verb (used with object), wain·scot·ed, wain·scot·ing or (especially British) wain·scot·ted, wain·scot·ting.
Origin of wainscot
Examples from the Web for wainscot
With our united strength we rolled it out, and there was a little low wooden door in the wainscot behind it.The Exploits Of Brigadier Gerard|Arthur Conan Doyle
No crack or seam indicated a hidden door, yet I knew there must be one, and gently pressed the wainscot with my shoulder.The Reckoning|Robert W. Chambers
My grandfather did not leave the wainscot, however, under the paper.Wenderholme|Philip Gilbert Hamerton
You can tell your sister that it was divided from the Manager's room by a wainscot partition.'Dombey and Son|Charles Dickens
The wainscot wants patching up, and so does the parqueted floor.Happy-Thought Hall|F. C. Burnand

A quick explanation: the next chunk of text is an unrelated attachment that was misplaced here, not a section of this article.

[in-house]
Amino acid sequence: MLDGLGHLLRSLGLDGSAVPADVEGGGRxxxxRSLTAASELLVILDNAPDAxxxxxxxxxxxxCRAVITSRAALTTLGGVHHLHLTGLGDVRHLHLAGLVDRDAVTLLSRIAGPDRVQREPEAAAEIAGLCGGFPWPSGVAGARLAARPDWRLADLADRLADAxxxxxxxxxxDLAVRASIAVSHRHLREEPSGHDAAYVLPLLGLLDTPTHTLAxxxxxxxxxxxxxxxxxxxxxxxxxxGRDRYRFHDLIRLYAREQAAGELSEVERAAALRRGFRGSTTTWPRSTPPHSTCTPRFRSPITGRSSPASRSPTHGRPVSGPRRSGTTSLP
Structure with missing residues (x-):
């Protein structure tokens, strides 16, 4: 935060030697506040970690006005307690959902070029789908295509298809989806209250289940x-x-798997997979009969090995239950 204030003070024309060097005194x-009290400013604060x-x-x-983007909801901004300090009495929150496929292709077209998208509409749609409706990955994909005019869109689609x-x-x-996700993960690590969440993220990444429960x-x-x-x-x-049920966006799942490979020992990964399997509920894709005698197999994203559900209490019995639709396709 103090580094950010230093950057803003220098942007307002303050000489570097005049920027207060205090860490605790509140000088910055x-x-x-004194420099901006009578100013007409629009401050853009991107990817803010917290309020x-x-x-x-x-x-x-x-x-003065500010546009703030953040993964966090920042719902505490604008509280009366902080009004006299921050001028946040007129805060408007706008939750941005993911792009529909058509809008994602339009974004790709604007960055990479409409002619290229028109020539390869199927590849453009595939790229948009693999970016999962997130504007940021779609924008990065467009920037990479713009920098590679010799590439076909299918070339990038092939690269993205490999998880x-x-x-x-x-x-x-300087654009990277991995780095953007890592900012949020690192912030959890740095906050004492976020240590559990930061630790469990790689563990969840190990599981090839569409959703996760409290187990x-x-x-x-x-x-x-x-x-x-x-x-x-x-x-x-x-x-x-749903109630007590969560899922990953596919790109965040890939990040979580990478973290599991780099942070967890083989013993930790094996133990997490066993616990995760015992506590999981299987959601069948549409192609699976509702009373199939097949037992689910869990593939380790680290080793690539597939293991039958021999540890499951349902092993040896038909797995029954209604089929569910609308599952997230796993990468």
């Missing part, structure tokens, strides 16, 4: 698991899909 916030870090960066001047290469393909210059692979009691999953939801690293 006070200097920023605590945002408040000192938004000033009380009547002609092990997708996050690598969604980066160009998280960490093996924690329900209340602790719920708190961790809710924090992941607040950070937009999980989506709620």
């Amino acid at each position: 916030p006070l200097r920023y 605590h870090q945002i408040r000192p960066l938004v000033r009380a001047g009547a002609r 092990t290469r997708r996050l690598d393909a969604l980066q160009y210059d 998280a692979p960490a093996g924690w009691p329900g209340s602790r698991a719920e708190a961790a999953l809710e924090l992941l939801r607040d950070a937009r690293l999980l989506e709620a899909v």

British Dictionary definitions for wainscot
Word Origin for wainscot
Word Origin and History for wainscot
mid-14c., "imported oak of superior quality," probably from Middle Dutch or Middle Flemish waghenscote "superior quality oak wood, board used for paneling" (though neither of these is attested as early as the English word), related to Middle Low German wagenschot (late 14c.), from waghen (see wagon) + scote "partition, crossbar." So called perhaps because the wood originally was used for wagon building and coachwork. Meaning "panels lining the walls of rooms" is recorded from 1540s. Wainscoting is from 1570s.